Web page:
You might wonder (I know I did) where the job of Blue Jays starting pitcher ranks on a list of the most dangerous jobs in North America.  Obviously pretty high.  The list looks something like this:

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Catchers, as a group, are not good hitters. We all know this. And I don’t have the research to back this up, but it seems to me that the way in which they’re not good is that they tend to be poor at getting on base; it’s not that hard to find a catcher that has a little home run power, but they run slow and hit a lot of fly balls and/or strike out a ton, so they hit for poor averages, and they don’t draw walks. As a group. You Toronto folks have kind of an extreme example of the type of player profile I’ve got in mind.

A lot was made of the fact that Joe Mauer became the first (then the second and the third) catcher to lead the American League in batting average, but between the two leagues, that’s been done eight total times now; only three catchers have ever led their league in OBP, and only one of those (Mauer, in 2009) came in 1934 or later.

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First Brandon Morrow strained his oblique.  Then Kyle Drabek felt an ominous pop that’s being called a sprained UCL.  Finally, Drew Hutchinson heard a pop of his own and developed elbow soreness.  You know, at the rate you guys are losing starting pitchers, you’re going to have to resort to sticking Brett Cecil back in the rotation one of these…oh, wait.  And I don’t know anything about this TBD guy you have starting on Tuesday and Wednesday.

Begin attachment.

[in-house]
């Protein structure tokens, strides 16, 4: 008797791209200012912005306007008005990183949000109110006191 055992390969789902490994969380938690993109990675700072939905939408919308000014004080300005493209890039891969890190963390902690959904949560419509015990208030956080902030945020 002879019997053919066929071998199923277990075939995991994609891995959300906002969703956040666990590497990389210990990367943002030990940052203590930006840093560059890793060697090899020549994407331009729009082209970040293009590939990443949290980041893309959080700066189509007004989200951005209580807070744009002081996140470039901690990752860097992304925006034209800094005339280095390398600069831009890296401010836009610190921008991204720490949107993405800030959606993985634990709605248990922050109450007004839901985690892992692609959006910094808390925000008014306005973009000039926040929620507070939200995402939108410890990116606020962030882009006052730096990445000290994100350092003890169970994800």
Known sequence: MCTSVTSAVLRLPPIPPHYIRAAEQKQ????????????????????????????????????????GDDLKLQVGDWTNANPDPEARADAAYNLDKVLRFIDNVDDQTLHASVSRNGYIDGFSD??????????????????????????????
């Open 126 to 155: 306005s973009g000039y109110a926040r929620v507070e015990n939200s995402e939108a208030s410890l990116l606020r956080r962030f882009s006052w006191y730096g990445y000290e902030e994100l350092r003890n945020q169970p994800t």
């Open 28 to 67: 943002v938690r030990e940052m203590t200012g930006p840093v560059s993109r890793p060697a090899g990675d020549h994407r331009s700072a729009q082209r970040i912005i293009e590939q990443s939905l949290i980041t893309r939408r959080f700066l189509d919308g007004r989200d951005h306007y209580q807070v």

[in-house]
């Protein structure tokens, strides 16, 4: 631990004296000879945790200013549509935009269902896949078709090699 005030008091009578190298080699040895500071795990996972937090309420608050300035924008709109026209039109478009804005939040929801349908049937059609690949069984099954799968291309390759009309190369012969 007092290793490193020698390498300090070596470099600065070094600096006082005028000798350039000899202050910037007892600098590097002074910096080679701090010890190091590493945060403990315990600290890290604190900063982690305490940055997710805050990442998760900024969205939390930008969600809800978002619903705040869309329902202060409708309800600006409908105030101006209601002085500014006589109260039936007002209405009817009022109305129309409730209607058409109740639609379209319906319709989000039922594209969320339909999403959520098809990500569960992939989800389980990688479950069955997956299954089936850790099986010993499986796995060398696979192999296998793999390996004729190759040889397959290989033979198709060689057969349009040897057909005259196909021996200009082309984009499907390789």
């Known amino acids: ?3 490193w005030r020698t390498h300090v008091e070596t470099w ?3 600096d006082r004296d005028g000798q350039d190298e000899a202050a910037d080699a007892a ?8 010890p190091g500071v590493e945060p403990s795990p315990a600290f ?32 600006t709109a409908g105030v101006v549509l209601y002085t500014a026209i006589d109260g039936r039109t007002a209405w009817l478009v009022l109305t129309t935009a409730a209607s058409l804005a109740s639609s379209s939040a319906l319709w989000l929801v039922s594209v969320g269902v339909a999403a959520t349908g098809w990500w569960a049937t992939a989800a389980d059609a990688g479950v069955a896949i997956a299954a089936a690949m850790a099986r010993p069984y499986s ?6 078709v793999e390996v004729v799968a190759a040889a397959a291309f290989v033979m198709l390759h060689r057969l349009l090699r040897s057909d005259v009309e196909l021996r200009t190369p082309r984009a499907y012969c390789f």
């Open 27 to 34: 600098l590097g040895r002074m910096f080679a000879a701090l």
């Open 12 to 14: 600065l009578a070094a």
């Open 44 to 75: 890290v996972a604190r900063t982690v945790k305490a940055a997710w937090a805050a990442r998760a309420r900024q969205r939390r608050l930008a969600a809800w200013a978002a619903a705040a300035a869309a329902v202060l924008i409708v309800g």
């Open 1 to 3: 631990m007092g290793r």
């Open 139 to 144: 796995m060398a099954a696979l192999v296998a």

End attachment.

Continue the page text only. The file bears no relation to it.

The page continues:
It’s clear that, if they’re going to stay competitive in the AL Wild Card hunt (they’re currently three games back of the second wildcard), the Jays are going to have to find some help over the next couple weeks.  Things are so desperate that the Jays have already been linked to Jeremy Guthrie, who the Rockies just put on the market yesterday.  That’s the same Jeremy Guthrie who has a 7.02 ERA this year, with 30 strikeouts in 59 innings pitched.   Any port in a storm, I guess.

But here’s the problem for the Blue Jays:  Everybody else in contention seems to need arms this year, and the Jays will seemingly have to outbid every one of them. Read the rest of this entry »

Despite writing here for just over a full year now, there are a lot of things, as a U.S. American, I still don’t understand about you people.  I don’t understand what made you think putting gravy on french fries was a good idea (which, for the record, it totally was).  I don’t know why you don’t throw off the oppressive queen that reigns over you.  And I don’t know why you continue to send us your pop stars, as if we don’t have enough mildly talented young white kids to fawn over down here.

My confusion extends to your baseball team, which I think I have more trouble figuring out than any other team in baseball.  Maybe you can help me.  Here’s a list of stuff that I don’t really understand about Blue Jays baseball: